Tim Dowden, our current Head Boy and of the Langley Kayaking Academy, came 3rd in the Junior European Marathon Championships in Decize in France on Thursday 25th July with an incredibly focussed, professional and heart-on-the-sleeve performance against the very best in Europe, in a race that demanded high levels of tactical skill, technical application and sheer will power over the 22.5K course with air temperatures breaking 40 degrees. The ferocity of the first 7K was exciting to watch as a breakaway group of seven athletes (including Tim) got away from the pack and piled on the pressure as they headed around two laps before the first portage. (The portage is the point where the athletes jump out and sprint with their boats and where panic can see people fall or boats filled with water, and where Tim had arranged to have a bucket of cold water poured over him each time). Coming towards the portage the group split, two athletes getting away, behind them a paddler from Spain marooned on his own 20 seconds back from the leaders and then Tim’s group of 4 a further 30 seconds back. After the portage the race settled and the time gaps remained relatively stable until the drama built as Tim’s group gained and then caught the junior paddler from Spain with two laps to go. Tim stretched the group out and coming out of the final portage it was just him and one other boat a length in front at the final turn. Tim timed his moment perfectly taking the lead with 100m to go and holding off a concerted challenge to take 3rd place and the bronze medal. “We are all immensely proud of such a special achievement” says Tim Scott, Head coach Langley Kayaking Academy.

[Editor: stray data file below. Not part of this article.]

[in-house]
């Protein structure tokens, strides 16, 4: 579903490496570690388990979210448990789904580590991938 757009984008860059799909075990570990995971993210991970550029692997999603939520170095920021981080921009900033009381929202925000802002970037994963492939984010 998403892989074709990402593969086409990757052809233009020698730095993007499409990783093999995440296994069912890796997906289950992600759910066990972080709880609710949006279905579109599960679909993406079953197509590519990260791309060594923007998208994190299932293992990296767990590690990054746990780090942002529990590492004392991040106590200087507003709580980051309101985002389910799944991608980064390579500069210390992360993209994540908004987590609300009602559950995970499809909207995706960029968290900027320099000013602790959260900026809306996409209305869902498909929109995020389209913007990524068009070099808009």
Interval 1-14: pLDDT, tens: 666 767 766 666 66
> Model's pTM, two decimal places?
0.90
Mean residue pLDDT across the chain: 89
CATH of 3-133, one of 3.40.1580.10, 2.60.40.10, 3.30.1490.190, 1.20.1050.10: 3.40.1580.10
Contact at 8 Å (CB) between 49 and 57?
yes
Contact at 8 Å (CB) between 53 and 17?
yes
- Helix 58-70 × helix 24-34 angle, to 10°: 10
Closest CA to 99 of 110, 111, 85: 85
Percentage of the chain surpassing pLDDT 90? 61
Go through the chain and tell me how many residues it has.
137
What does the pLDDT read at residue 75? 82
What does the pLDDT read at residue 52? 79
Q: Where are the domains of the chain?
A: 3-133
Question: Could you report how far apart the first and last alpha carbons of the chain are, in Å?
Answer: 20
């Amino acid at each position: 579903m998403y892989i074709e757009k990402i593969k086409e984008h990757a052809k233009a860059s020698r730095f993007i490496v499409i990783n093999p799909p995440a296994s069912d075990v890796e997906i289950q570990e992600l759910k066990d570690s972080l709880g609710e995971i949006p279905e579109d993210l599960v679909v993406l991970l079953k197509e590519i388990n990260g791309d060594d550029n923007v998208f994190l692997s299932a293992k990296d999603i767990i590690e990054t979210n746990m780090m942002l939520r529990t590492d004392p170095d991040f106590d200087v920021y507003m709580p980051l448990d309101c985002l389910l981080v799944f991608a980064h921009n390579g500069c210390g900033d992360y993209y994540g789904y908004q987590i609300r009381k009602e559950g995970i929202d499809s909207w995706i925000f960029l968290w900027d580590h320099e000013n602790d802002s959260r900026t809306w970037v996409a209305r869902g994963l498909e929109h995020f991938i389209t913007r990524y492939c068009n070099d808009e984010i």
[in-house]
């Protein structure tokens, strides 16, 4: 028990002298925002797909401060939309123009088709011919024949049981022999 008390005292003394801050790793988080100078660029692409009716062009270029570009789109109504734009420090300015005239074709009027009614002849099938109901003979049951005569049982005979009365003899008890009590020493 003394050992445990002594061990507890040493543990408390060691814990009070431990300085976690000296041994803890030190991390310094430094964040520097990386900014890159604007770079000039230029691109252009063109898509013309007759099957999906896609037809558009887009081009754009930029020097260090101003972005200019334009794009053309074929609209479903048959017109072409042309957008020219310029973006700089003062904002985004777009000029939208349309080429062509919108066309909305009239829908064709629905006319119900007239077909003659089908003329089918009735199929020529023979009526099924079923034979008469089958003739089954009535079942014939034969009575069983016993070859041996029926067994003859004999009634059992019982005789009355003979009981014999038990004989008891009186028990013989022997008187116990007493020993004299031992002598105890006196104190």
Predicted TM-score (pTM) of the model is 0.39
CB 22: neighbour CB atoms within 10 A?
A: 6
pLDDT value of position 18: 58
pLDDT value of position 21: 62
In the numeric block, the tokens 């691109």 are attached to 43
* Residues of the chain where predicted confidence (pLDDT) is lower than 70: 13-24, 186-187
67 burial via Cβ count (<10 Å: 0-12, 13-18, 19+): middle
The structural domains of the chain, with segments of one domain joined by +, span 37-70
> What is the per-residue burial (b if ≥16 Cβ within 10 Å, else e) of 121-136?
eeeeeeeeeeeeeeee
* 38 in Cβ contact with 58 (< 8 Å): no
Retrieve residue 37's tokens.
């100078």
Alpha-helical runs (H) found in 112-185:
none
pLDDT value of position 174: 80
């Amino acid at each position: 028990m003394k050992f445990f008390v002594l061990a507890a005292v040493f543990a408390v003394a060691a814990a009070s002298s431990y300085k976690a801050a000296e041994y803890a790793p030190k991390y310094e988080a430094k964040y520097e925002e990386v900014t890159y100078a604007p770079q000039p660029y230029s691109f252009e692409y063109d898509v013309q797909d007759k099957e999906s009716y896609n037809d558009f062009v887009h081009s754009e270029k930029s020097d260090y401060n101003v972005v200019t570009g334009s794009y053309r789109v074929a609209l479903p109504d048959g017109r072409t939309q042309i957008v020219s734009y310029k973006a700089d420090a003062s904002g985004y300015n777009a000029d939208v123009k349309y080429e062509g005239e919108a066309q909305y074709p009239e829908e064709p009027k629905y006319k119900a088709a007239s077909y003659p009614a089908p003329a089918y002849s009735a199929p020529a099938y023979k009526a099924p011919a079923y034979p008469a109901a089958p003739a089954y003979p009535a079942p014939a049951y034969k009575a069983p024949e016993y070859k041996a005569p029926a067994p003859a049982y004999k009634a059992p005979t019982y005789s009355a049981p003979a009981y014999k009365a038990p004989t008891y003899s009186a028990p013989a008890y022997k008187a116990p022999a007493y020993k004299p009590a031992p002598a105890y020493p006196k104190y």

“Racing at European level is far more of a mental challenge than any national race I’ve competed in, you can’t ever give up, even when you’ve given everything you have, you have to keep your position and trust there will be a chance to rest later in the race. That is the hardest bit.” says Tim Dowden.

The very next day Tim raced again – this time with Toby Booth (our Y11 pupil) in the junior mens K2 which was another 22,5K race. The pair had an eventful start clashing with another boat after a hundred meters and working hard to stay with the pace for the first two laps. Once they had found their feet the pair gradually got stronger and finished 10th which was another remarkable performance particularly when considering Toby Booth is still only just 16.
Congratulations to both Tim and Toby on remarkable performances.

James How, Toby Booth, Sofia Groves (and Charlotte Le May who joins Langley School in September) and the Langley Kayaking Coach Tim Scott are racing in the Spanish Descent race on the 3rd August (Descenso Internacional del Sella) where around 800 boats will mass start with paddlers running to their kayaks Le Mans style on the signal. It’s one of the most spectacular events to take part or to watch in any sport.

Photos by Nina Jelenc Photography, Tim Scott, Lee Booth and Chris Dowden.